One reads these many essays, none of them more than a few pages long, with amazement at their author's impetuous curiosity and penetrating intelligence. One also experiences them as difficult pleasures. They are elusive. They are so learned that the learning sometimes inundates meaning.
Many of the pieces -- a prologue to "Mystical Works" by Emmanuel Swedenborg, a comment on the novel "Vathek" by William Beckford, a 1931 review of a German movie called "The Murderer Dmitri Karamazov" -- are obscure or seem dated. And then there are comments and essays whose points are perhaps suggestive but so cryptically put as to elude comprehension.
"Perhaps universal history is the history of the various intonations of a few metaphors," Borges writes at the end of a brief essay called "Pascal's Sphere." Striving to decipher that sentence, and the essay of which it is a part, is like groping for something solid among vapors of light.
And yet one has to allow, with a genius like Borges, for the likelihood that these episodes of noncomprehension reflect more on the reader than on the writer. In any case, there are sublime and accessible essays here, arrestingly compact turns of phrase. Among the most startling comments are those written in the late 1930s and early '40s that bitterly and eloquently denounced Nazi Germany and Nazism's sympathizers among the Argentine middle class.
But most of what Borges wrote about was literary and philosophical. This volume includes witty brief biographies of writers like Isaac Babel, T.S. Eliot, Virginia Woolf and others. Borges discourses brilliantly about Dante and about Ellery Queen as well, and in one trenchant piece he creates a "code" for the writing of detective novels. In the last item in the code, "a solution that is both necessary and marvelous," Borges bans "resorting to the supernatural, whose use in this genre of fiction is slothful and felonious."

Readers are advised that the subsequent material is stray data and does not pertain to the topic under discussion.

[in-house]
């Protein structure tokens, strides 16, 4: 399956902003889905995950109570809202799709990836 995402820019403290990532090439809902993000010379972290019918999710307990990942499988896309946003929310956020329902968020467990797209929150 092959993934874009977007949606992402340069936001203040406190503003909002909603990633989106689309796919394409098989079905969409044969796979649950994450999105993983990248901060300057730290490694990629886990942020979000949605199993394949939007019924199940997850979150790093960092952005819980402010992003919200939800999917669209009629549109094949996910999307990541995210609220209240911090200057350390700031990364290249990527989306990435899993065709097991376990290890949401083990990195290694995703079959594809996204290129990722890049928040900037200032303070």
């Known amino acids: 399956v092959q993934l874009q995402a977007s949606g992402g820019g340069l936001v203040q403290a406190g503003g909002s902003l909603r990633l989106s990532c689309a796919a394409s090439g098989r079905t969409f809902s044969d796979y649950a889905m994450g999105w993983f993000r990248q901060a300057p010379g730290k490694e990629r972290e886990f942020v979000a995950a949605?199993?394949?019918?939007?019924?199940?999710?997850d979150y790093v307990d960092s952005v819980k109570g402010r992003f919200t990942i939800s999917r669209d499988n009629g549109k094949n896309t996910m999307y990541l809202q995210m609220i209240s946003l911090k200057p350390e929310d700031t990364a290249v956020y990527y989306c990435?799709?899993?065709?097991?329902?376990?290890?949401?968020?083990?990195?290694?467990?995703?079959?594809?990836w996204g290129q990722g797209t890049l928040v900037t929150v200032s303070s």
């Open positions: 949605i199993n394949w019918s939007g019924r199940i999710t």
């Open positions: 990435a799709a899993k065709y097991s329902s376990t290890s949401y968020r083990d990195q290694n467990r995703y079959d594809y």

"Slothful and felonious." The language here is intentionally deformed by its very intensity, and that gives these essays an almost lurid quality, like something overly magnified by a microscope. Although short, the essays are prodigiously detailed. A good example is the one titled "The Translators of 'The Thousand and One Nights,"' which is essentially an illustration of one of Borges' constant early themes, the way language invents reality.
The essay is a review of the several European efforts over the decades to put this famous Arabic classic, whose original version aimed at "the lowbrow or ribald tastes of the Cairo middle classes," into a high-art form suitable for educated Europeans. Borges provides sketches of the translators, the most famous of whom was the Arabist and explorer Richard Burton, which make for a typically learned collective study of European Orientalism. And the whole is written with that imaged, magnesium prose one associates with Borges.
"Of the writer's solitary trade he made something valiant and plural," Borges writes of the extraordinary Burton. "He plunged into his work at dawn, in a vast chamber multiplied by 11 tables, with the materials for a book on each one -- and, on a few, a bright spray of jasmine in a vase of water."
It is not surprising that the writers whom Borges most admired, like Poe, Cervantes, Kafka and Coleridge, combined poetically or grotesquely magnified visions with the creations of profligate stylistic domains. Even at his most erudite and elusive, there is always something lusciously self-mocking in Borges' language. His uniqueness in 20th-century letters is rooted in another almost monstrous combination: encyclopedic knowledge, razorlike critical judgment and a ravishing appreciation for the magical and pagan dimension in every situation.
Who else but Borges could have written "A Defense of the Kabbalah" by depicting the cabalists' belief in a divine "astral intelligence" that manifested itself in a book, Genesis, "where the collaboration of chance is calculated at zero"? And then there is this luxuriant description of the cabalistic vision of that book: "A book impervious to contingencies, a mechanism of infinite purposes, of infallible variations, of revelations lying in wait, of superimpositions of light."
Only the quiet sage of Buenos Aires could have devised a sentence like that.